(Phys.org)—First tops, then flops. That is one way of summing up the history of biofuels so far. A new study led by Empa gives an up-to-date picture of the ecobalance of various biofuels and their production processes. Only a few are overall more environmentally friendly than petrol.
In recent years, the demand for supposedly environmentally friendly biofuels has increased significantly worldwide; on the one hand, this has resulted in the increased cultivation of so-called energy plants and, on the other hand, innovative production methods for the second generation of biofuels have been developed. Parallel to this, ecobalance experts have refined and developed methods for environmental assessment. Since biofuels stem predominantly from agricultural products, the, in part, controversial discussion about their environmental sustainability revolves principally around whether the production of biofuels is defensible from an ecological viewpoint or whether there are possible negative effects, for example on the supply of foodstuff in times of drought, or whether eutrophication of arable land occurs.
In order to be able to give a well-informed response, Empa, on behalf of the Department of Energy (BFA) and in collaboration with the research institute Agroscope Reckenholz-Tänikon (ART), and the Paul Scherrer Institute (PSI), has updated the ecobalance of numerous biofuels, including their production chains. Compared with the first worldwide ecobalance study of its kind in 2007, also carried out by Empa, the team, led by Empa researcher Rainer Zah, included both innovative energy plants and manufacturing processes and also updated assessment methods.
Fewer greenhouse gases – and thus a different environmental impact
However, despite a more extensive data set and up-to-date methods, Empa comes to the same conclusion as the study in 2007: many biofuels based on agricultural products indeed do help to reduce the emission of greenhouse gases, but lead to other environmental pollution, such as too much acid in the soil and polluted (over-fertilised) lakes and rivers. "Most biofuels therefore just deflect the environmental impact: fewer greenhouse gases, thus more growth-related pollution for land used for agriculture", says Zah. This results in only a few biofuels having an overall better ecobalance than petrol, especially biogas from residues and waste materials, which – depending on the source material – impact on the environment up to half as much as petrol. And within the biofuel group, ethanol-based fuels tend to have a better ecobalance than those with an oil base; however, the results are very much dependent on the individual method of manufacture and the technology.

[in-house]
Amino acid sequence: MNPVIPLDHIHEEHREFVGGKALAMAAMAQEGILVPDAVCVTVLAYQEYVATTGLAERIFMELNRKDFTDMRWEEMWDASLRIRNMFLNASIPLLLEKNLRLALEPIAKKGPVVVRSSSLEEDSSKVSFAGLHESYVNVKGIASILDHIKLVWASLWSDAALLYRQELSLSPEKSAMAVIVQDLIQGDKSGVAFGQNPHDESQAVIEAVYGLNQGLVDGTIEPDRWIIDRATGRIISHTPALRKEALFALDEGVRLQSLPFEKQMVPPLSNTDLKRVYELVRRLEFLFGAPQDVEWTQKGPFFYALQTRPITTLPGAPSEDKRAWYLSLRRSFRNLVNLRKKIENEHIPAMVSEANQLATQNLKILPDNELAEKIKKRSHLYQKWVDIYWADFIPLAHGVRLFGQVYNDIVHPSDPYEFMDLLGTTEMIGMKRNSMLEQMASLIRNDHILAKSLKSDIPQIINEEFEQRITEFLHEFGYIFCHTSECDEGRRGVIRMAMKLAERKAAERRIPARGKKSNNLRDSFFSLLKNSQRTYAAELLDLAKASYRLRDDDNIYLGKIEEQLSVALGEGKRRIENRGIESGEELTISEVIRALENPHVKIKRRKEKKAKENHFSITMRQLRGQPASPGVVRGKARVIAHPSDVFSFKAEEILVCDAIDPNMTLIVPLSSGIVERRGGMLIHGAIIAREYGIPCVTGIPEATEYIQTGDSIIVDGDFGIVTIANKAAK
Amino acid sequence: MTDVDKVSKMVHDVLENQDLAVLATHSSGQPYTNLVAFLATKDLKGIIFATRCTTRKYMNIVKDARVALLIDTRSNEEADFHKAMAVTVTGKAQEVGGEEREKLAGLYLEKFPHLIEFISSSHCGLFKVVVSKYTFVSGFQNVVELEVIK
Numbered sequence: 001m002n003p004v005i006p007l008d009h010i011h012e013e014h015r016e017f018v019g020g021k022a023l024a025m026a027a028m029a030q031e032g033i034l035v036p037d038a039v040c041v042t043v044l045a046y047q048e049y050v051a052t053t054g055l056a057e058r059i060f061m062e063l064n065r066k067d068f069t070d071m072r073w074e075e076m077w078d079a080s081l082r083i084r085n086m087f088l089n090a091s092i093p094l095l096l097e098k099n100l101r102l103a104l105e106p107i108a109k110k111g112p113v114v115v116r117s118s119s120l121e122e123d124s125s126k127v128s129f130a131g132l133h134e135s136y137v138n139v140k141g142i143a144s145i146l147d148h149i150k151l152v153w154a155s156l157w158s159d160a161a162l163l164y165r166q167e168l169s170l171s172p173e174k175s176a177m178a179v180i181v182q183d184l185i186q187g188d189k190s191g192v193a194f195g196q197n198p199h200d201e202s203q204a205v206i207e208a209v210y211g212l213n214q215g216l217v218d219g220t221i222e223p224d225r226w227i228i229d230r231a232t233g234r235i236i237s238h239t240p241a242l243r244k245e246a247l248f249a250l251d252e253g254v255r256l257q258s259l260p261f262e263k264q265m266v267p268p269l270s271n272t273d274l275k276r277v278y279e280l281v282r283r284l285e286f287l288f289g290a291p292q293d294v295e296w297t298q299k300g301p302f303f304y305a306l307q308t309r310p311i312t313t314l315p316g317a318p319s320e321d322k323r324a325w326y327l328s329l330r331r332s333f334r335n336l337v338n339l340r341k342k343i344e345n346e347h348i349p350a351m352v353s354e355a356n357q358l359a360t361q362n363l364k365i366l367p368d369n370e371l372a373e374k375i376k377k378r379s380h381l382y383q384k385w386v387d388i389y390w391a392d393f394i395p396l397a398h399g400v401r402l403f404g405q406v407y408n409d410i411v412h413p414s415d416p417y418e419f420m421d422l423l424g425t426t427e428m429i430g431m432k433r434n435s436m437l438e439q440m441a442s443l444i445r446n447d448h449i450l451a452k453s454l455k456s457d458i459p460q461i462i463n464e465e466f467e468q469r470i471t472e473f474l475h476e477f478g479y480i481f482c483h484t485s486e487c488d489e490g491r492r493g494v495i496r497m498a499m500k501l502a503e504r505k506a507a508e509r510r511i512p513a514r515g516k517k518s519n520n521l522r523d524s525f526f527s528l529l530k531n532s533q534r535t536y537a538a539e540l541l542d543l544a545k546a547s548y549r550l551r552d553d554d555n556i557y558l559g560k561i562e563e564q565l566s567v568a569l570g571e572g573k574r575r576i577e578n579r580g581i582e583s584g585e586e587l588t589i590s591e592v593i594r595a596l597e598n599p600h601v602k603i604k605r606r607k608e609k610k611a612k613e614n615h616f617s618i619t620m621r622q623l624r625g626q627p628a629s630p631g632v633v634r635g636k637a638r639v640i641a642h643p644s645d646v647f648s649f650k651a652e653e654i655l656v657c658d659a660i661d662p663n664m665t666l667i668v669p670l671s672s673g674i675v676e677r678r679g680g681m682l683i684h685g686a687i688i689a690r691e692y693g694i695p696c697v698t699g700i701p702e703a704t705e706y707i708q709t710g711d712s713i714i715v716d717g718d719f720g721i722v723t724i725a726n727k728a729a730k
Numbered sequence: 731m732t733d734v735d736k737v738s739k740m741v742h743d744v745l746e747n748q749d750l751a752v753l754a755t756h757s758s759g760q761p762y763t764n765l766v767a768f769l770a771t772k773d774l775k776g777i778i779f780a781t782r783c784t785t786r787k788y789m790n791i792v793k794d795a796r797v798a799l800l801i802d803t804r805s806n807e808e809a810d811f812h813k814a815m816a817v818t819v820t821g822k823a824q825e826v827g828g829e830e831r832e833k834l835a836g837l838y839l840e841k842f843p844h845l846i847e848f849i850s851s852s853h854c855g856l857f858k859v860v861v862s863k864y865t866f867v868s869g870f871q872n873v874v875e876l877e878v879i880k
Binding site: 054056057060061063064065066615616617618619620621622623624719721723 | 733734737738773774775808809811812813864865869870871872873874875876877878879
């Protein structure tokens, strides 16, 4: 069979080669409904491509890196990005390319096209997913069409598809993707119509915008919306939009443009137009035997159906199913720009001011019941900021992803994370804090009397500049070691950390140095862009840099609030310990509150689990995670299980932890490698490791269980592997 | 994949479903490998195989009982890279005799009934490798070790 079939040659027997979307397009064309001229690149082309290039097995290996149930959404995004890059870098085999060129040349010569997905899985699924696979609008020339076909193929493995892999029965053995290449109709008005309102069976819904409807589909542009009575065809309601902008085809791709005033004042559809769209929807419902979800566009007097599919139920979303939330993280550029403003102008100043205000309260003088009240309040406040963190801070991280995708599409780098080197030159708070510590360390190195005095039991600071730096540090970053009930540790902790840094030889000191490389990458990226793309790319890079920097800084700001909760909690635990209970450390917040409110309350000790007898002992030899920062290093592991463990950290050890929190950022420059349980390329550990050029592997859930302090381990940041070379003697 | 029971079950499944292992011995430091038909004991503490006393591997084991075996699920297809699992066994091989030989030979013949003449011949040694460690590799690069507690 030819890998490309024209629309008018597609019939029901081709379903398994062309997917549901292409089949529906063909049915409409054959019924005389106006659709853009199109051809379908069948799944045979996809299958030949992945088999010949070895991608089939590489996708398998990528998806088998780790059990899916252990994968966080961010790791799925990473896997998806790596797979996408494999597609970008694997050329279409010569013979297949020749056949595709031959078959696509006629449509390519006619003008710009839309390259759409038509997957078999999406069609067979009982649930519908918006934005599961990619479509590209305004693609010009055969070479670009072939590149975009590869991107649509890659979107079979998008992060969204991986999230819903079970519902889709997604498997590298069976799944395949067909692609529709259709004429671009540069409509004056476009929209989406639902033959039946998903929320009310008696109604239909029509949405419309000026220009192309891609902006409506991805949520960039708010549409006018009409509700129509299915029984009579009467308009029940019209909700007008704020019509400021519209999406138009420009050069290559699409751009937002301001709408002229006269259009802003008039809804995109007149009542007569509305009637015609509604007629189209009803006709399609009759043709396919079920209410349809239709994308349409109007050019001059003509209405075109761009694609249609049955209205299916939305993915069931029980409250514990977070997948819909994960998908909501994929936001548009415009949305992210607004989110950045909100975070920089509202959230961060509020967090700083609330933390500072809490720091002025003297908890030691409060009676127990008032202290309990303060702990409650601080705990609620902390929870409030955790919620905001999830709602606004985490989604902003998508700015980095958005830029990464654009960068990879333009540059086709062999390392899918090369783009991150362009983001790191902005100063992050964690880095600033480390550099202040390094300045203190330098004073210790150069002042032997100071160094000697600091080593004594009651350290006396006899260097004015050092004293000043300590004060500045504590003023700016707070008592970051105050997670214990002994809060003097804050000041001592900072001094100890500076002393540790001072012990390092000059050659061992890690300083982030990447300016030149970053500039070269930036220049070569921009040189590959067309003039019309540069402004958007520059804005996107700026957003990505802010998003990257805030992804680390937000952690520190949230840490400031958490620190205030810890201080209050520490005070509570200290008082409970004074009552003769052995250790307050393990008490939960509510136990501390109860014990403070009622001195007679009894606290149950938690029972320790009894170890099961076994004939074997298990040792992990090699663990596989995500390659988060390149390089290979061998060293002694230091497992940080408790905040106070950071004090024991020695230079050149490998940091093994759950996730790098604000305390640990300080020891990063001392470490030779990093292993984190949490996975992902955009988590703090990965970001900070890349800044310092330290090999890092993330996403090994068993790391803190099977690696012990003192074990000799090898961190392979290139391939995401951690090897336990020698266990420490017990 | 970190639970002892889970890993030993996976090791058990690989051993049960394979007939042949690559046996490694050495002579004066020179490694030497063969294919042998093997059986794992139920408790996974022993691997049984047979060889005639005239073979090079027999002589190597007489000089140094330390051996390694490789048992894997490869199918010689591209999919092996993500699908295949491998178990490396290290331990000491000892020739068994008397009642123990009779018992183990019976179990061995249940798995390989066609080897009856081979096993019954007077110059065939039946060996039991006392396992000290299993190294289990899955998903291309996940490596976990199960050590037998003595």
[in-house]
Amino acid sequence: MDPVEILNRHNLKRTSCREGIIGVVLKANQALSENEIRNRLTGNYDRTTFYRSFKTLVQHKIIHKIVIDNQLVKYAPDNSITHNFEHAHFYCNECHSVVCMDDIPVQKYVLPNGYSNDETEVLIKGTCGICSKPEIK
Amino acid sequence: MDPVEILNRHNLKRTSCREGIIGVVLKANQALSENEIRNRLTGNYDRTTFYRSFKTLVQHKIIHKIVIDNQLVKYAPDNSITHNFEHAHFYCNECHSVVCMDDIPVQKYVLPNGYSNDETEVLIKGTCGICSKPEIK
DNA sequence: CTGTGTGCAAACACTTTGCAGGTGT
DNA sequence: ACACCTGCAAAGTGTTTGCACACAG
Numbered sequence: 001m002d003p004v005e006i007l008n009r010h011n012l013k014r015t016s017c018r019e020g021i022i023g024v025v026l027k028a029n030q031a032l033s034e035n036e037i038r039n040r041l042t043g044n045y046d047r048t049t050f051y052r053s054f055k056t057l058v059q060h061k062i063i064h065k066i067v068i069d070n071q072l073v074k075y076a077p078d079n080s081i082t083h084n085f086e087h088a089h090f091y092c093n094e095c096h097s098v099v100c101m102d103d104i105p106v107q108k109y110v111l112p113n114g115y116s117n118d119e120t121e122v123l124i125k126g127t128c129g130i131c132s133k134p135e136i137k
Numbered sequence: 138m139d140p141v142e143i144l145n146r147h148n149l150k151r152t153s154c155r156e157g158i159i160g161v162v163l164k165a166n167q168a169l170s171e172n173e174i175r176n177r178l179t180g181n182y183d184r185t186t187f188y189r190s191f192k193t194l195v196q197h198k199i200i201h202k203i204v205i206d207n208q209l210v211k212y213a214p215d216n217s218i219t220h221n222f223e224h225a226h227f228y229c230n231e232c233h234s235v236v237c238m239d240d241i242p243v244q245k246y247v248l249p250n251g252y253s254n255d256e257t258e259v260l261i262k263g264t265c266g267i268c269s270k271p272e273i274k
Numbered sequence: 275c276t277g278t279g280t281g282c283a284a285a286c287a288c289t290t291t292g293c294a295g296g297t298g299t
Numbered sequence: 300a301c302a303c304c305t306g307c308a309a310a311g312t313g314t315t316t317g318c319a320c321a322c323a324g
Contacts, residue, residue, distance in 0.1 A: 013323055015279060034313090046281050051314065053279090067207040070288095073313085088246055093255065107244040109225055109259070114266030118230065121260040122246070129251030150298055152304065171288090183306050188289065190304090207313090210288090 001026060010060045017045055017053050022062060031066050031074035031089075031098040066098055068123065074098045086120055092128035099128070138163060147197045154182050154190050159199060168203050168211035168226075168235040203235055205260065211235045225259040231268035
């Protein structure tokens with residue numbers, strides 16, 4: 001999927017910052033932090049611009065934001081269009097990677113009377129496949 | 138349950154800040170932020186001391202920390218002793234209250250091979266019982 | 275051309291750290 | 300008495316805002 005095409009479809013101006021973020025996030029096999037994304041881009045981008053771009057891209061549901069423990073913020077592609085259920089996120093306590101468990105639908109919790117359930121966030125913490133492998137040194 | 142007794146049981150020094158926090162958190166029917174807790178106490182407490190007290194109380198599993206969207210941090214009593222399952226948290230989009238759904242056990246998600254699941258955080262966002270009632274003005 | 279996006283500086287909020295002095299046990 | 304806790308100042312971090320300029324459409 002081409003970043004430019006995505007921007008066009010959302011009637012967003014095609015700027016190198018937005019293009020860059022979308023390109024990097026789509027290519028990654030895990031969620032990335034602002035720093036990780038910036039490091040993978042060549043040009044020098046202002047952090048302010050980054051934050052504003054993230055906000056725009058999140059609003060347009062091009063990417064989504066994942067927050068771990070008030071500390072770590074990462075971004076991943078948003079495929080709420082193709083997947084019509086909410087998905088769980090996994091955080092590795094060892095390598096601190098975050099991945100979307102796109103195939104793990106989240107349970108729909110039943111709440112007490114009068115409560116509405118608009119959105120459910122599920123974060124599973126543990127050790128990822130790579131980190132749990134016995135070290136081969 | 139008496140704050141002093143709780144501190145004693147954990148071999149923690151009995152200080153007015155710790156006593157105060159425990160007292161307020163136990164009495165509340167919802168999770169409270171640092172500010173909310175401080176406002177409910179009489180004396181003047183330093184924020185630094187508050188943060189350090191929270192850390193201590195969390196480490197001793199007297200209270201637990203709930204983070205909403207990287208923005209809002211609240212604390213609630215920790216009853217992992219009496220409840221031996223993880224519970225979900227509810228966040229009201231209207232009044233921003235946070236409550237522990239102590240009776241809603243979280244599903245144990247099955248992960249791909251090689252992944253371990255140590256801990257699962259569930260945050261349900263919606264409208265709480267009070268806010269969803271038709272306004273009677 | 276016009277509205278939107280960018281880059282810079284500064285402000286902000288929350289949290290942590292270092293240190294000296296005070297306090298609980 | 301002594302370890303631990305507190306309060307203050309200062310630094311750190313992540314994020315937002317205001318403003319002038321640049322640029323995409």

New findings on the effect of biofuels on greenhouse gases
However, the new methodology also allowed Zah and his colleagues to highlight the "weaknesses" of the earlier study. The researchers in 2007 underestimated the effects of changes to natural areas on the greenhouse gas balance, for example the deforestation of the rain forest. The current study now shows that biofuels from deforested areas usually emit more greenhouse gases than fossil fuels. This also applies to indirect land usage changes if existing agricultural land is used for the first time for biofuel production and, as a consequence, forested areas have to be cleared in order to maintain the existing foodstuff or animal feed production.
On the other hand, positive effects can be achieved if energy plant cultivation increases the carbon content of the soil, for example via the cultivation of oil palms on unused grazing land in Columbia or via jatropha plantations in India and eastern Africa, making deserted land arable again. "Despite this, you can't speak in general terms of Jatropha as being a 'wonder plant', as its ecobalance is very much dependent on the agricultural practices at the site in question and the land's previous use", says Zah. Each (new) biofuel must therefore be examined separately and in detail.
What should be heeded in terms of biofuel production?
Although the devil is in the detail, the new studies make it possible to make some general recommendations:
- Clearing woodland and bush areas in order to develop energy plants is to be avoided; this worsens the greenhouse gas balance considerably, which has a distinctly greater impact on the environment.
- If agricultural land is used for biofuel production, indirect change of land use should be avoided as far as possible, for example, by making it compulsory to provide evidence that any displaced production does not have indirect effects as a result of intensification.
- The use of land and forestry residues such as straw, garden and timber waste for energy purposes is advantageous, but only if these are not used in other ways or if their extraction from their natural cycle does not reduce the fertility of the soil and the bio-diversity.
Explore further: Next-generation nuclear reactors that use radioactive waste materials as fuel